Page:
HIV research to track youth in South Africa
Mark Brockman, 778.782.3341; firstname.lastname@example.org
Marianne Meadahl, PAMR, 778.782.9017/3210; Marianne_Meadahl@sfu.ca
A team of Simon Fraser University scientists is joining together with counterparts in South Africa to investigate HIV/AIDS in adolescent populations in Durban and Soweto.
The five-year, $3.5 million project will be based at SFU and will use a multidisciplinary research approach that focuses on social, biomedical and ethical issues faced by the younger population. It’s believed that 50 per cent of all new infections are among those 15-24 years of age.
The project is funded by the Canadian Institutes for Health Research (CIHR) and the Canadian HIV Vaccine Initiative. Its goal is to conduct vaccine discovery and social research among adolescents, including the development of culturally appropriate strategies to obtain consent from youth willing to participate in HIV research and prevention trials.
On the social front, researchers will investigate social-behavioural determinants of HIV risk and to overcome the barriers to their participation in these trials.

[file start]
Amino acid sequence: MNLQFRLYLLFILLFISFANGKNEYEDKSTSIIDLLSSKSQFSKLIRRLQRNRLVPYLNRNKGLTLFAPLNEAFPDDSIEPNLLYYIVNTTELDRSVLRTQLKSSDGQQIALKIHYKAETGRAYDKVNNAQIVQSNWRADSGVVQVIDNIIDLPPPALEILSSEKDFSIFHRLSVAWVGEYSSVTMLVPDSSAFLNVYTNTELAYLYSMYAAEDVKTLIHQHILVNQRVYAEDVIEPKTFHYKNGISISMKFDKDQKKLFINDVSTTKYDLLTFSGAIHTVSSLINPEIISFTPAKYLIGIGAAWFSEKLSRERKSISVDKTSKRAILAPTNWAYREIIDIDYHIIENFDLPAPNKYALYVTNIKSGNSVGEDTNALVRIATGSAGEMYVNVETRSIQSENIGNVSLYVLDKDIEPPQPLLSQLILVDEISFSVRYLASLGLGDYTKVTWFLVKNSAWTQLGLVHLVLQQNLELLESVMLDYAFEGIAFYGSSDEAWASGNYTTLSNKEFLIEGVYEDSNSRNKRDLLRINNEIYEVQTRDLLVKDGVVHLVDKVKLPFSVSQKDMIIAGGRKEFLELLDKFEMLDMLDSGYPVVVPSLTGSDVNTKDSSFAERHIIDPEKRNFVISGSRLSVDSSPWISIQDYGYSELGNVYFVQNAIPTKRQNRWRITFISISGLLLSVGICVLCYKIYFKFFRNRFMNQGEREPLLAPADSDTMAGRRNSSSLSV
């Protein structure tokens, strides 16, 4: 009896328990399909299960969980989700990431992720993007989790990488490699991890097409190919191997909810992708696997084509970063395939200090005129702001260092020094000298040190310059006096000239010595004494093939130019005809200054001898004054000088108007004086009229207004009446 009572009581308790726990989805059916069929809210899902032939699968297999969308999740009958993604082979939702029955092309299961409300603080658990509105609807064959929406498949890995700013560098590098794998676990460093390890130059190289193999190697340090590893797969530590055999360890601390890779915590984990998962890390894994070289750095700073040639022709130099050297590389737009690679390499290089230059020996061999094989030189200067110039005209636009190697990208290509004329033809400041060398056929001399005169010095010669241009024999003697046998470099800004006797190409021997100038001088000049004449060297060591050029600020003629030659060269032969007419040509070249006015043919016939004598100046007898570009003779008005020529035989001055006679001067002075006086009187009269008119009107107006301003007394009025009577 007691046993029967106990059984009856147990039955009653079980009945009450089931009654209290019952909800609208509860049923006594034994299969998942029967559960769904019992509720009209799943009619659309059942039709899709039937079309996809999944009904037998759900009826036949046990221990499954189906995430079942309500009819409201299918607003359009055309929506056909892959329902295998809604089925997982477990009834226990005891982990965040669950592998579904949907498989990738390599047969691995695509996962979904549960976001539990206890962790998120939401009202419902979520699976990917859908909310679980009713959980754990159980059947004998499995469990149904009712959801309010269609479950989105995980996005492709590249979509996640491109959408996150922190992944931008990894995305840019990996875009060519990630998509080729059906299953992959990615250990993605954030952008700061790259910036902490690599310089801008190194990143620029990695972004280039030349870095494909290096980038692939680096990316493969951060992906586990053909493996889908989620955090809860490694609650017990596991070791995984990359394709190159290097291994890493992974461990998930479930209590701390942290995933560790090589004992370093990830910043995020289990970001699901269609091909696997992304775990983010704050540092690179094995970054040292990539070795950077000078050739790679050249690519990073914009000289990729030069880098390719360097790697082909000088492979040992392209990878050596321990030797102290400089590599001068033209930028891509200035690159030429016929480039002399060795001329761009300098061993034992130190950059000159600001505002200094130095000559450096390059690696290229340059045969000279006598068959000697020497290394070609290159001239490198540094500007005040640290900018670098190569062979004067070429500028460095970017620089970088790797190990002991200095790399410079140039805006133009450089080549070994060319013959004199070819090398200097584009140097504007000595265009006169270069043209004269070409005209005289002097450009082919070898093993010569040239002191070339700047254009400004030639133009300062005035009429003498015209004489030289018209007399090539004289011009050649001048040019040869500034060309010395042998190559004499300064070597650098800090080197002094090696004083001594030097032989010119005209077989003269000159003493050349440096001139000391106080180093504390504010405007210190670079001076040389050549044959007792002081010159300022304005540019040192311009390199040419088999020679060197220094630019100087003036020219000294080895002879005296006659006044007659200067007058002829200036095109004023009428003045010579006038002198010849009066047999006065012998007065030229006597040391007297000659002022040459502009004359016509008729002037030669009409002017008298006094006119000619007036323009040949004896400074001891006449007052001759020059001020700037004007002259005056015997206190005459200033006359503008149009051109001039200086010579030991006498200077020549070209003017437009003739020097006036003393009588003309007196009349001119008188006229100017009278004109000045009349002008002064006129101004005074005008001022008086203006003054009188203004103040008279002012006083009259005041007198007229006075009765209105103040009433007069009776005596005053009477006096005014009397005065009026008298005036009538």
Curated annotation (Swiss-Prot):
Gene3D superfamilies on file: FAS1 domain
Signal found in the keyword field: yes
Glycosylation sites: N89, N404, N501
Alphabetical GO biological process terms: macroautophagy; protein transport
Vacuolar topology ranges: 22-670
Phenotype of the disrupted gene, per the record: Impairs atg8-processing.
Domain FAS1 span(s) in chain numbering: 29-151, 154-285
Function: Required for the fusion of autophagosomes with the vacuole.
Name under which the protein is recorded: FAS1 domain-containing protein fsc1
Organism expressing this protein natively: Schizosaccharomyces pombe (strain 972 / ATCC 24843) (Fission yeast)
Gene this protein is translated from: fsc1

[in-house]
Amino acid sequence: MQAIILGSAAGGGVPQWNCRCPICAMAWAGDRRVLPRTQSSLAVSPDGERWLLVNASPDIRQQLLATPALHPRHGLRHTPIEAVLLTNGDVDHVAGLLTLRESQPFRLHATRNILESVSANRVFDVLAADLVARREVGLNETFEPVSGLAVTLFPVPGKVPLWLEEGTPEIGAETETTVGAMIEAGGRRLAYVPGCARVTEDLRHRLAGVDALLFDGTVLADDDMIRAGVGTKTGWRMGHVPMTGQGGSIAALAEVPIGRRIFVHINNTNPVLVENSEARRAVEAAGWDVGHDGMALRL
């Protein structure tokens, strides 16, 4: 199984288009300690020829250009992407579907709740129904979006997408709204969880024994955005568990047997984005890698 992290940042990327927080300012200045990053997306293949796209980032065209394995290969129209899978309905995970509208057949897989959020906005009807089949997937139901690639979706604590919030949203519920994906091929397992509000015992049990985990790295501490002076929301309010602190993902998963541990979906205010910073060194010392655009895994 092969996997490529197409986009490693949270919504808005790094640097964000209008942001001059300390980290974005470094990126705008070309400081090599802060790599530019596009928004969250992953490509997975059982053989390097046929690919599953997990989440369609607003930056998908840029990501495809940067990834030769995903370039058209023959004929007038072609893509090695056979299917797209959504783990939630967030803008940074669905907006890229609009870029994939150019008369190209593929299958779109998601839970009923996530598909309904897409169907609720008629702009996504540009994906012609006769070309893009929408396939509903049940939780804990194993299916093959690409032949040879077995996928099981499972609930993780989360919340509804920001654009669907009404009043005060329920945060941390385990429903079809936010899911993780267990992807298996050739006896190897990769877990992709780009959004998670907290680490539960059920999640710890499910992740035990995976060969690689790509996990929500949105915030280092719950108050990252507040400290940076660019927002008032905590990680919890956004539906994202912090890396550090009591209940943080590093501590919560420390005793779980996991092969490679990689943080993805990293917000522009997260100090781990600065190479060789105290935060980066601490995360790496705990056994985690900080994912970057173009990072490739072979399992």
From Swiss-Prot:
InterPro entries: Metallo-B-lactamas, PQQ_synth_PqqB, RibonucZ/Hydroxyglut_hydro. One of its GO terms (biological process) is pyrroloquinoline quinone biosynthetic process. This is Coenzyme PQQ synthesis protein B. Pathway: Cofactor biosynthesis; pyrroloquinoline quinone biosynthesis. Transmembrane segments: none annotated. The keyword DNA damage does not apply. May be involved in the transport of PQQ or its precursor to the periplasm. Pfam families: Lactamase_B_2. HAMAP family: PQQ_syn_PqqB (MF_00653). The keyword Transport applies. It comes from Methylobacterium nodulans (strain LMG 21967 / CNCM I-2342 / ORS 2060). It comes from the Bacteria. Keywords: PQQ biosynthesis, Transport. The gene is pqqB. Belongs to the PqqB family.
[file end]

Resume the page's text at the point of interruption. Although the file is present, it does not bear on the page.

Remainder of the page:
And on yet another level, researchers will work to identify biological factors associated with increased HIV risk and examine the influence of host and virus biology on the natural infection course in youth.
“We anticipate that the team structure will significantly enhance communication between disciplines, and also provide unique opportunities for training Canadian and African researchers,” says Mark Brockman, a principal researcher and one of seven SFU faculty members participating in the project from the faculties of science and health sciences.
Brockman, an associate professor in health sciences, holds a new Canada Research Chair in Viral Pathogenesis and Immunity. The molecular biologist is working to improve our understanding of how some people can naturally suppress HIV – research that could lead to the development of targets for vaccines and new treatments.